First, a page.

Genital Herpes

What is it?

Herpes is a very common STI caused by a virus that causes painful sores, often on the lips or around the genitals. It can be symptomatic (showing symptoms) at times, and asymptomatic (no symptoms) at other times. Whether there are signs of it or not, the herpes virus will always live in the same place on your body.

How do I get it?

It can be passed to another person who has direct contact with an open sore but it can also be passed from person to person before the sore is visible. There are two types of herpes. People often think that the first type affects the mouth and the second type affects the genital area. This isn’t exactly true – both types of the virus can affect the genitals, anus, and mouth and both types of virus can be passed from mouth to genitals/anus.

Having herpes on your mouth does not mean that you also have herpes on your genitals/anus; it must be transmitted through physical contact from one area to another.

What should I be looking for?

Within the first week of getting herpes, you might feel a tingling/itching feeling where the virus has landed. A cluster of tiny blisters may appear and you may get a headache/fever. These blisters will burst, leaving painful sores that last about two to three weeks. These outbreaks will happen every once in a while, mainly occurring when you’re tired or stressed. The first outbreak is always the worst.

It’s important to say that not everyone with herpes will have an outbreak. Some people may have a first outbreak and then never have one again. You should be on the lookout for any sores/bumps/lumps that look like blisters and may be painful to the touch. Even when you don’t have any sores it’s still possible to pass on the virus. Having safer sex (condoms, dental dams) reduces the chances of passing it on. However, keep in mind that a condom only protects the area that it covers.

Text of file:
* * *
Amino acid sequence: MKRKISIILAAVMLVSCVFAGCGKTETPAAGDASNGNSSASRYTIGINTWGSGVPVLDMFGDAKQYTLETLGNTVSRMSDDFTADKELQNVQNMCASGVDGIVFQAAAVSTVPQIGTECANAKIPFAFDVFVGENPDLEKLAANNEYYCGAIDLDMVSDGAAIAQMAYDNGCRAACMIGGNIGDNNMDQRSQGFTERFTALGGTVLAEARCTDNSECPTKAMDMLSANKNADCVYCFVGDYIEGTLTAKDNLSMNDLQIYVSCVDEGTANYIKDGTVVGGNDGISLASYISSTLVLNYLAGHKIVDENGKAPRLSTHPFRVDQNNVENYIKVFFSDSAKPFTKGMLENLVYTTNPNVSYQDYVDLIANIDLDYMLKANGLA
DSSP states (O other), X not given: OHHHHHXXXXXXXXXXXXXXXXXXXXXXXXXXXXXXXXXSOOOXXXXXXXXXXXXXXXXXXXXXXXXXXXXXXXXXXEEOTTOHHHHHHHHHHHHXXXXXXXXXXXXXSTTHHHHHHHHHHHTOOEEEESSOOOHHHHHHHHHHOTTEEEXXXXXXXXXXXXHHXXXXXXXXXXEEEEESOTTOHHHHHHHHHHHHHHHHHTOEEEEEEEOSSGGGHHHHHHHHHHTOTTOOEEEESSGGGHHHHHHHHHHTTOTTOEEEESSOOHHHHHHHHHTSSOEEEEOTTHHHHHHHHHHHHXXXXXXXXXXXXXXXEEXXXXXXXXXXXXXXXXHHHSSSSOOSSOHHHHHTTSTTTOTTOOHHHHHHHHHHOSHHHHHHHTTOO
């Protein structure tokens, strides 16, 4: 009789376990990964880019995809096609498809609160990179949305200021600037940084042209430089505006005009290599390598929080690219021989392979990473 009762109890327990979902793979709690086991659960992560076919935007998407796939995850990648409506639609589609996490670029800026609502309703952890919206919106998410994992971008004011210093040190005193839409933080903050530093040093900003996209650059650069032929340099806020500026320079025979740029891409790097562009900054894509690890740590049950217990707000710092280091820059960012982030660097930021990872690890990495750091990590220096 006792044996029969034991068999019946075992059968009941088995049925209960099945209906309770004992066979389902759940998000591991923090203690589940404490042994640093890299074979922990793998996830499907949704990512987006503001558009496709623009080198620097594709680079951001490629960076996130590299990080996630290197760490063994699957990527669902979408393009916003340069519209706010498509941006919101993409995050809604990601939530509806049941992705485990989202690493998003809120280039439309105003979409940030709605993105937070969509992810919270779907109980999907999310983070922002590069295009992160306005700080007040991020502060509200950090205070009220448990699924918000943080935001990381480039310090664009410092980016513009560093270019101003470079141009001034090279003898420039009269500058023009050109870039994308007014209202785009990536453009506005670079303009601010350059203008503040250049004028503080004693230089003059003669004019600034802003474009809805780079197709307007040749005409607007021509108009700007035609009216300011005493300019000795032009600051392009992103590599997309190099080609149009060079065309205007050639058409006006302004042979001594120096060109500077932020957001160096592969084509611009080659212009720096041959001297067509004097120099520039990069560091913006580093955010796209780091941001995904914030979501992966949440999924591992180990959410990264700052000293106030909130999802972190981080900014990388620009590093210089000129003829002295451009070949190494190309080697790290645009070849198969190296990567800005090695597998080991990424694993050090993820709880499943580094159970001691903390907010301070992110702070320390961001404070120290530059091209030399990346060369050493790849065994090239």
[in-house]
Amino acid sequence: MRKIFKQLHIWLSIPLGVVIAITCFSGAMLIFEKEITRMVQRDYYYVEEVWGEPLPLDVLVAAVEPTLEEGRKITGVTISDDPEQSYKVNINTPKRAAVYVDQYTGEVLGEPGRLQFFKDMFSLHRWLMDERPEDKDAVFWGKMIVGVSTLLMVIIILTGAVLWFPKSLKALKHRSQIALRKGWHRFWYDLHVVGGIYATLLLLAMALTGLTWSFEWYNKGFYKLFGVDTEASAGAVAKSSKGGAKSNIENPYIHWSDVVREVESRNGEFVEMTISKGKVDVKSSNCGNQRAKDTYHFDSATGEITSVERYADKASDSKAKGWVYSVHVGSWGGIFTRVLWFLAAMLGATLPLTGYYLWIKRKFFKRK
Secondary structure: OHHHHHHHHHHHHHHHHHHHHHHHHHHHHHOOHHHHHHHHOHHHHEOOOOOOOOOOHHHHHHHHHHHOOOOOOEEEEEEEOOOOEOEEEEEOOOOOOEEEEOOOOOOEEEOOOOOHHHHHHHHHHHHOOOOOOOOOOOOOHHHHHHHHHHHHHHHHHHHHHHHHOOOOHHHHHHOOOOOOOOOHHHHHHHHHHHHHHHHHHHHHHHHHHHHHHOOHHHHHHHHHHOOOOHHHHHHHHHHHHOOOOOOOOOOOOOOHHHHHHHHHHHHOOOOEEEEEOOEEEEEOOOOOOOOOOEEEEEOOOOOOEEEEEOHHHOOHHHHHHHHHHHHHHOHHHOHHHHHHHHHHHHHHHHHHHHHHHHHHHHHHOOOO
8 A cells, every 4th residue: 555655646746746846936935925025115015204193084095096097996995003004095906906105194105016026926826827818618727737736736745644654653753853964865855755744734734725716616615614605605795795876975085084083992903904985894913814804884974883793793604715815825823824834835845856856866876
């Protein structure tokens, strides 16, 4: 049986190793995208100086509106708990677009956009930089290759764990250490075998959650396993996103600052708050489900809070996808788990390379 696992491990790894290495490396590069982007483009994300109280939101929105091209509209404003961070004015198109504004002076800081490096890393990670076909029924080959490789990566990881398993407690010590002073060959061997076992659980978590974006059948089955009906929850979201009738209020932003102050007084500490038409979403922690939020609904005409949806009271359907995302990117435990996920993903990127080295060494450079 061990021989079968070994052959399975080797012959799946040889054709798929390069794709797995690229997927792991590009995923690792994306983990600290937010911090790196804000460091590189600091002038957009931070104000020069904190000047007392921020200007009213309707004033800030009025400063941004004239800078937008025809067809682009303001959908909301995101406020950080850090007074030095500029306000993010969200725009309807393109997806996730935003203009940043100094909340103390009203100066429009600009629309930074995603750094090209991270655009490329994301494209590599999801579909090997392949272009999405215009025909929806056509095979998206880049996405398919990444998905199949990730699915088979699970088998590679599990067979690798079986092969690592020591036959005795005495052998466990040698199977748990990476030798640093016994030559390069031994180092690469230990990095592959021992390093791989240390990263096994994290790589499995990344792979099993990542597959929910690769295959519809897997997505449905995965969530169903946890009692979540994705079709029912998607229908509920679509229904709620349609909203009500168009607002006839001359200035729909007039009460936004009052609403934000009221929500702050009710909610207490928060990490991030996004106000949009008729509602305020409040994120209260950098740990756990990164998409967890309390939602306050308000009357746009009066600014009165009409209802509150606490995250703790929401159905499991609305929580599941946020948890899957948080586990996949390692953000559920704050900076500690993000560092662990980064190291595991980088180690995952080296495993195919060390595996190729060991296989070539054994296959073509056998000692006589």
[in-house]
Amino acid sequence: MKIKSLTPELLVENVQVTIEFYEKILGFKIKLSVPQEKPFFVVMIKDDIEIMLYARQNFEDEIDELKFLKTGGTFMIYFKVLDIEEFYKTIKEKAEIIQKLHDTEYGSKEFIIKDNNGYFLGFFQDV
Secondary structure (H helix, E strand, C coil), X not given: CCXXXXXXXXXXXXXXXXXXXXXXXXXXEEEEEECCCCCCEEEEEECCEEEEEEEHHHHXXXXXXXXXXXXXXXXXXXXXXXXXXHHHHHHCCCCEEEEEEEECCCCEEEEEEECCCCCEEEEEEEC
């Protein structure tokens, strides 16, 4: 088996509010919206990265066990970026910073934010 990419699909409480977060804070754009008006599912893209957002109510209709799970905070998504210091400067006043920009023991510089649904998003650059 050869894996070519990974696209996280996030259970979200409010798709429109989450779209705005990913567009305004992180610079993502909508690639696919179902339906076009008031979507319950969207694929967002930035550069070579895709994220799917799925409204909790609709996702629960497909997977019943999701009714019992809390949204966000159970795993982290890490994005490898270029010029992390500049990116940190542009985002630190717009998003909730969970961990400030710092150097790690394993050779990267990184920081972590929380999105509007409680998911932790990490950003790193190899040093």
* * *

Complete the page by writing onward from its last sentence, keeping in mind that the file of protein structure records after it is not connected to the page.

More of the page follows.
Canker Sores and Cold Sores –
Which ones are Herpes?

Cold sores are painful sores on your lip. They
are a form of herpes and are contagious. Canker
 are small whitish ulcers that sometimes
appear inside the mouth and under the tongue.
They are NOT a form of herpes and are not
contagious. However, because viruses can enter
the bloodstream through cuts and open sores, be
careful to practice safer sex if you have a canker
sore in your mouth.

How do I get tested?

To have herpes diagnosed, you need to have visible symptoms. A doctor or nurse practitioner can tell you that you have herpes simply by seeing the lesions, or by swabbing the liquid in the blisters and sending it for a test. No one can tell if you have herpes if you don’t have any symptoms, so if you have an outbreak of sores, don’t wait to go to a clinic!

Can I get rid of it?

There is no cure for herpes. The important thing is to treat your symptoms. There is medication that can be used to minimize the pain of the outbreaks and you might want to wear loose clothing for comfort. There is also medication available to decrease the number of outbreaks you have. It’s important to consider informing anyone you’re having sex with that you carry the virus and to practice safer sex.

While you have sores (on your mouth or your genitals or anus), it’s a good idea to take a break from all sex which might infect another person. Keeping your stress level down and getting as much sleep as possible is also helpful, as is staying out of the sun. Too much sun can activate the virus, causing sores to erupt.

Finally, herpes can cause potentially serious complications for babies born to an infected mother, so it’s important to let your health care provider know if you’re pregnant and have a history of herpes, so that you can minimize the risks.